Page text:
About this time of year many writers will issue a “best books of the year” list. That’s not quite what I’m doing here. I’m not listing the most profound or most helpful reading I’ve done. Instead, I’m listing the twenty books that I found most interesting.

This list is based on my subjective perception. These books aren’t necessarily good because I found them interesting. A book can be instructive but annoying (for me, the classic example will always be Alan Beechik’s chirpy volume on The Pre Tribulation Rapture). Conversely, a book can be so bad that it becomes amusing (many defenses of King James Onlyism fit here). The fact that I found a book interesting is no guarantee that it is any good.

Furthermore, I find books interesting for a variety of reasons. Some are elegantly written. Some are highly instructive. Some provoke thought or introduce fresh but viable perspectives. Over the next two weeks, I shall list twenty books that I read during 2022 that most grabbed and held my attention. I’ll also include any caveats or disclaimers that may be necessary.

Bunyan, John. The Pilgrim’s Progress. Minneola, NY: Dover Publications, repr. 2003.

I can’t say how many times I’ve read Bunyan’s fantastic allegory of the Christian life. It gets better every time. This work belongs on the list of classics that every Christian ought to read. Enough said.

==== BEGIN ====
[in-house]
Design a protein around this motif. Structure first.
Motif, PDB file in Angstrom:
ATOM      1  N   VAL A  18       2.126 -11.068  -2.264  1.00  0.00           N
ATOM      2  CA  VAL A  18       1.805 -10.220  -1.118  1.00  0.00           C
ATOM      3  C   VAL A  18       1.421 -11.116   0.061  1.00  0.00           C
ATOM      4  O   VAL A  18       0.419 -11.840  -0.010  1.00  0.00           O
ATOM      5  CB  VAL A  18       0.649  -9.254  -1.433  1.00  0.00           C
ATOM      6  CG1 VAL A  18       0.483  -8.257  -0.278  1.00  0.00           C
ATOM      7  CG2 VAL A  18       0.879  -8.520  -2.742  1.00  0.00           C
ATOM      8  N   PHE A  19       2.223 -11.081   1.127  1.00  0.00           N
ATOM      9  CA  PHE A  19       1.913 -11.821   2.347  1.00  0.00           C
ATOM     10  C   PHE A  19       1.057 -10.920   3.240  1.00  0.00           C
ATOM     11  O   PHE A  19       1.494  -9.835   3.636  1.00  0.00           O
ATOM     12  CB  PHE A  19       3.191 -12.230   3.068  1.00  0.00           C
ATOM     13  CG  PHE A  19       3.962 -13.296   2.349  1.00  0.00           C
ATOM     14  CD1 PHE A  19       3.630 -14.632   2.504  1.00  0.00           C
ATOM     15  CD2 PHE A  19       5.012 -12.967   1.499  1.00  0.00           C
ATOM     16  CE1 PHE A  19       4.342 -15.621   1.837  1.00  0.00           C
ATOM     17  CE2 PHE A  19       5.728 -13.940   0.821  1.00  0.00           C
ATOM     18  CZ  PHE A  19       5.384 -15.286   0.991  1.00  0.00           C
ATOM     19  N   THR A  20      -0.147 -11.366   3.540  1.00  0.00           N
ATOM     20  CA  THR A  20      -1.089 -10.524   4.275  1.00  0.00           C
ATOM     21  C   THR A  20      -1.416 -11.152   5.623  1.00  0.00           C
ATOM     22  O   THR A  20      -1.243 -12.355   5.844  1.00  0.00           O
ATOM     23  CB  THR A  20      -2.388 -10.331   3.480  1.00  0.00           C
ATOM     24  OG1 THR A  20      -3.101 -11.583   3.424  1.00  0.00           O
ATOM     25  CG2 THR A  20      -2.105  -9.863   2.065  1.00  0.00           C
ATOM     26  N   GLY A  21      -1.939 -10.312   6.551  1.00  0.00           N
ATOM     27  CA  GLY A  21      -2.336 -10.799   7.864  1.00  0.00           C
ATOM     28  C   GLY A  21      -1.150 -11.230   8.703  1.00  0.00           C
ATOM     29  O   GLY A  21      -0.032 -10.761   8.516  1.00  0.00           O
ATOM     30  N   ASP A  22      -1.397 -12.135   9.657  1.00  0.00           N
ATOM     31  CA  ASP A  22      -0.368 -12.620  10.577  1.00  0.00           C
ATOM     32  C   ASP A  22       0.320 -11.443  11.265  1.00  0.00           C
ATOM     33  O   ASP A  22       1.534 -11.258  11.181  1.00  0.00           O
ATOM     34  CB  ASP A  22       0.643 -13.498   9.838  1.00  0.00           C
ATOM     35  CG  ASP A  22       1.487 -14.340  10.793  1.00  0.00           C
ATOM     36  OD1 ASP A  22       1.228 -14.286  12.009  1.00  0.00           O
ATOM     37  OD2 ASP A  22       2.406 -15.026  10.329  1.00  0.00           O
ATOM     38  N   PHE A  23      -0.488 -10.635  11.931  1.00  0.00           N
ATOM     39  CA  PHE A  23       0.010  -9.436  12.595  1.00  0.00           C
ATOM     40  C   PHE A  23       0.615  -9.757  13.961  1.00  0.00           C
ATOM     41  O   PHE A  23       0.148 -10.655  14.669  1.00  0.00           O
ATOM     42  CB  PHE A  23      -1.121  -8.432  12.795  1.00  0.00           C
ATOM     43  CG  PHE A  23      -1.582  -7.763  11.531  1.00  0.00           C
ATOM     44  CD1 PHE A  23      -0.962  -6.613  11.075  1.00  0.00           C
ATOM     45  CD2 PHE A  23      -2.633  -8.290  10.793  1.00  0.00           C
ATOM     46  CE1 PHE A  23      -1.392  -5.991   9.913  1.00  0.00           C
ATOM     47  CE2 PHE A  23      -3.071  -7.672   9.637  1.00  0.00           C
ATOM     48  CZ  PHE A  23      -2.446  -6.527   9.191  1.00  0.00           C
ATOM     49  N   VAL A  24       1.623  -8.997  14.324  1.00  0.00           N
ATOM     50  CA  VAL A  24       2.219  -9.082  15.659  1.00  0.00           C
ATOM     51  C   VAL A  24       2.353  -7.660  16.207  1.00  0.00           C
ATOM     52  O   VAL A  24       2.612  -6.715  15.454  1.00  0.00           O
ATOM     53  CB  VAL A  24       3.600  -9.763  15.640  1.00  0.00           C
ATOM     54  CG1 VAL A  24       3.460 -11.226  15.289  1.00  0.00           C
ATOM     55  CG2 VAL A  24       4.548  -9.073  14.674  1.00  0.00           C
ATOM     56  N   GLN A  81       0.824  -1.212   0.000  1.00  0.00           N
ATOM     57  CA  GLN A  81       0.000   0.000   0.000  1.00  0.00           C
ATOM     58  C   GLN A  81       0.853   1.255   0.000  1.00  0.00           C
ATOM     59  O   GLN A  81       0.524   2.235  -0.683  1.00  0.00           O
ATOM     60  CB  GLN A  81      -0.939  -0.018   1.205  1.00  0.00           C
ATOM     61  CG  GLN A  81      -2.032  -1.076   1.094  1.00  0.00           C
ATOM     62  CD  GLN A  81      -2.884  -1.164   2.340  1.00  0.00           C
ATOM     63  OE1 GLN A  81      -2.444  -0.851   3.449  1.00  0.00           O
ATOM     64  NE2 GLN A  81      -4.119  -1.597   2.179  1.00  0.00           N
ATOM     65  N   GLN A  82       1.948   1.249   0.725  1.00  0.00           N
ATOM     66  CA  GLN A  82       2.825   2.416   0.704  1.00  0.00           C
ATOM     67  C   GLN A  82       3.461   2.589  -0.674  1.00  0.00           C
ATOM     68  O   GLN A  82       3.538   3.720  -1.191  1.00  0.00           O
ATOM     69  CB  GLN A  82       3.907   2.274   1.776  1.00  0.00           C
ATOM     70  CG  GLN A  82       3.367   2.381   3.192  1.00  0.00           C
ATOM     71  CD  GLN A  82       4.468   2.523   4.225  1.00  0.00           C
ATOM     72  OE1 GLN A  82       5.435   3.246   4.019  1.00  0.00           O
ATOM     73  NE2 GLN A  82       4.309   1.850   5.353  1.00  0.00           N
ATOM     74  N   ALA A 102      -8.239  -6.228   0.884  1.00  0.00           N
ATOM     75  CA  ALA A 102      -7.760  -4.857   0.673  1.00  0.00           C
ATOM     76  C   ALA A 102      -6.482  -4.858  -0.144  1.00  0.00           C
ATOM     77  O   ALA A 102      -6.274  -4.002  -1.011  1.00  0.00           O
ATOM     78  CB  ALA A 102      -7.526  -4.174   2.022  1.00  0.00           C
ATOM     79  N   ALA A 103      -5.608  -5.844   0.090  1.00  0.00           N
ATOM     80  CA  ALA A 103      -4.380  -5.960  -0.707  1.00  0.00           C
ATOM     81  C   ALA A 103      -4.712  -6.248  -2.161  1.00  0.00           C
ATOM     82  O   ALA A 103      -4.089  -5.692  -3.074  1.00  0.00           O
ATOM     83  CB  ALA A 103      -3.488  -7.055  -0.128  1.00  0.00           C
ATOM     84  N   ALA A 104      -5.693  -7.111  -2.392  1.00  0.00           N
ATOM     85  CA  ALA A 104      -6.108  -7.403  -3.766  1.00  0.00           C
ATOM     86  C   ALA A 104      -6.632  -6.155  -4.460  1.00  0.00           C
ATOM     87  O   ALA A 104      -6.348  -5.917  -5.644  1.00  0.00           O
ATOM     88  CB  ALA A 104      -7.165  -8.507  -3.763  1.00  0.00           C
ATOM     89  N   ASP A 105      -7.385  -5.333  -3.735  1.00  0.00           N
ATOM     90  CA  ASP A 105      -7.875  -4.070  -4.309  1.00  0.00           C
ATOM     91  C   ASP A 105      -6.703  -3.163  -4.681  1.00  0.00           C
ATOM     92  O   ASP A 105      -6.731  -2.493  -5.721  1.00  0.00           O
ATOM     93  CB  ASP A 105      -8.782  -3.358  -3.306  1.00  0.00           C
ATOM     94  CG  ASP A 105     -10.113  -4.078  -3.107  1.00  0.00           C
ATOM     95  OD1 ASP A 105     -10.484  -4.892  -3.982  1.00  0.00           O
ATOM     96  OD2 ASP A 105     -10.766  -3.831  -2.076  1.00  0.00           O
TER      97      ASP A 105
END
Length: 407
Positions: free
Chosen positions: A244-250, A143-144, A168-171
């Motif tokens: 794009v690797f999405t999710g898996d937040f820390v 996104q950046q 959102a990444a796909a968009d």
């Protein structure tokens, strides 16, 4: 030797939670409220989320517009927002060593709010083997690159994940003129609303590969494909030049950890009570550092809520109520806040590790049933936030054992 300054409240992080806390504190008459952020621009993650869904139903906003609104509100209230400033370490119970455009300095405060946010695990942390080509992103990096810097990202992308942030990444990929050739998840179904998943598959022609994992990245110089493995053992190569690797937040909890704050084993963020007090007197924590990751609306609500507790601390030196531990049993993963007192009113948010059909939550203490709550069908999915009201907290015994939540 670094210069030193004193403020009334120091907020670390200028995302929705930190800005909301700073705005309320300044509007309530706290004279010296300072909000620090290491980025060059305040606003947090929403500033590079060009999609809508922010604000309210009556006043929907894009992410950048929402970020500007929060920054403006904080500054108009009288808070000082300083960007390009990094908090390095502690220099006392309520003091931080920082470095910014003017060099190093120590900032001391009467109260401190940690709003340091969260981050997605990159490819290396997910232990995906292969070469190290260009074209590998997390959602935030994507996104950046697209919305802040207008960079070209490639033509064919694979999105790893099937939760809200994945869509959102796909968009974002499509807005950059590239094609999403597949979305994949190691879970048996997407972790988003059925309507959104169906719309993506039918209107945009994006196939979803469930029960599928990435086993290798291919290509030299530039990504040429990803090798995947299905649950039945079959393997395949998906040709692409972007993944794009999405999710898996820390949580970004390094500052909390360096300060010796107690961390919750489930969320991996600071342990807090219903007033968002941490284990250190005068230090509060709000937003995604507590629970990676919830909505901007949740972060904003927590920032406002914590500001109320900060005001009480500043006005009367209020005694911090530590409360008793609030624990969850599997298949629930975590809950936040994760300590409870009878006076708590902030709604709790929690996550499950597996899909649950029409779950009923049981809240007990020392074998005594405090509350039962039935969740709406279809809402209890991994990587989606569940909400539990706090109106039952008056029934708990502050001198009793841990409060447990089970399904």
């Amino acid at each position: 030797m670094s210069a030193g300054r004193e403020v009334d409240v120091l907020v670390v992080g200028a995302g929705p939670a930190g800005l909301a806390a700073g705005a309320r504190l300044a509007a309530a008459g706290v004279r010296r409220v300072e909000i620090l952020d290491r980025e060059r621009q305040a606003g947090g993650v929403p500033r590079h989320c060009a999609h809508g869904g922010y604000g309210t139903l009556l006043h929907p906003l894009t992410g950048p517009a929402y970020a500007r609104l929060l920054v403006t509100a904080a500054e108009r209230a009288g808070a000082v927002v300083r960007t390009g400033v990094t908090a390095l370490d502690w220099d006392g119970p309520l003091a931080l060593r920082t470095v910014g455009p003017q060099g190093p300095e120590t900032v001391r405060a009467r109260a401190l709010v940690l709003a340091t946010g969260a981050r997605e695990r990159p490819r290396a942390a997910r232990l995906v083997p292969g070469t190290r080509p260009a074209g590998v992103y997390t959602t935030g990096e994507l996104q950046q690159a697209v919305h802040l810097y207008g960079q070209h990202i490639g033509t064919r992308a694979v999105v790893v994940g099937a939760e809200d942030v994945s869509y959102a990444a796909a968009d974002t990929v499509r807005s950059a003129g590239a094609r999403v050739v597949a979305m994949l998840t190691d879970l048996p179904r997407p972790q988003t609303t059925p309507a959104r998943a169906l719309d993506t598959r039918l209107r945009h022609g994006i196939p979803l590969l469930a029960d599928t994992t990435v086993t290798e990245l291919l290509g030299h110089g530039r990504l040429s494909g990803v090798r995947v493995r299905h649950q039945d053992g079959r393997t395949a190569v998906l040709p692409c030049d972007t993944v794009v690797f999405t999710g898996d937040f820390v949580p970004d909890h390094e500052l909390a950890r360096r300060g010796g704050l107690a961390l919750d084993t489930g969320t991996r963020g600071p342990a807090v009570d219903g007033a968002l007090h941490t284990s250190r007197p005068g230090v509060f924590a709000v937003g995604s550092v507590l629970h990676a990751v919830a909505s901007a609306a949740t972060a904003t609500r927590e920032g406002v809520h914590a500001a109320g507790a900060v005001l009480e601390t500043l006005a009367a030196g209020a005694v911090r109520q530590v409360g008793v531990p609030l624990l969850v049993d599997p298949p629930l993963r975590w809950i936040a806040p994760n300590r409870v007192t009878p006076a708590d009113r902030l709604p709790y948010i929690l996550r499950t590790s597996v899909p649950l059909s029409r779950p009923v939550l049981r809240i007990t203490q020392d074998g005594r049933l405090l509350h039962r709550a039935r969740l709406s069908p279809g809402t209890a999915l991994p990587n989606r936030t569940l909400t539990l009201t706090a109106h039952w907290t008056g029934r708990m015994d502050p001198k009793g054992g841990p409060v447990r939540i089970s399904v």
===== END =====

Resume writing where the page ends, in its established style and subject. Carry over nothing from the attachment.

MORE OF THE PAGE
Callahan, Steven. Adrift: Seventy-six Days Lost at Sea. New York: Harper, 2002.

The author was transiting the Atlantic in a sailing vessel he had built. He collided with something in a storm, severely damaging his craft. He lived on a little escape raft for over two months. The book is his story of survival and rescue. This account makes Robinson Crusoe look like a summer vacation.

Davis, Stephen T. and Erik T. Yang. Christian Philosophical Theology. Grand Rapids: Zondervan, 2020.

Philosophical theology and philosophy of religion are overlapping disciplines. This book straddles the divide, providing a general survey of the questions that philosophical theologians try to answer, of the methods that they employ to answer them, and of the principal answers that have been proposed. It is an introductory work, useful for the average seminary student or seminary-trained pastor.

Dorsett, Lyle. Billy Sunday and the Redemption of Urban America. Grand Rapids: Eerdmans, 1991.

In life and death Billy Sunday was a controversial figure. He is hailed as a great evangelist for the number of people who professed Christ during his campaigns, but he is also vilified as a manipulative money grubber who sold his Christian patrimony for momentary numerical gains. Dorsett deals seriously with both sides of Sunday’s legacy. He is sympathetic to Sunday without overlooking his faults. He depicts Sunday as a man who genuinely loved the Lord but who could be distracted and who paid a heavy price both for his commitment and for the distractions.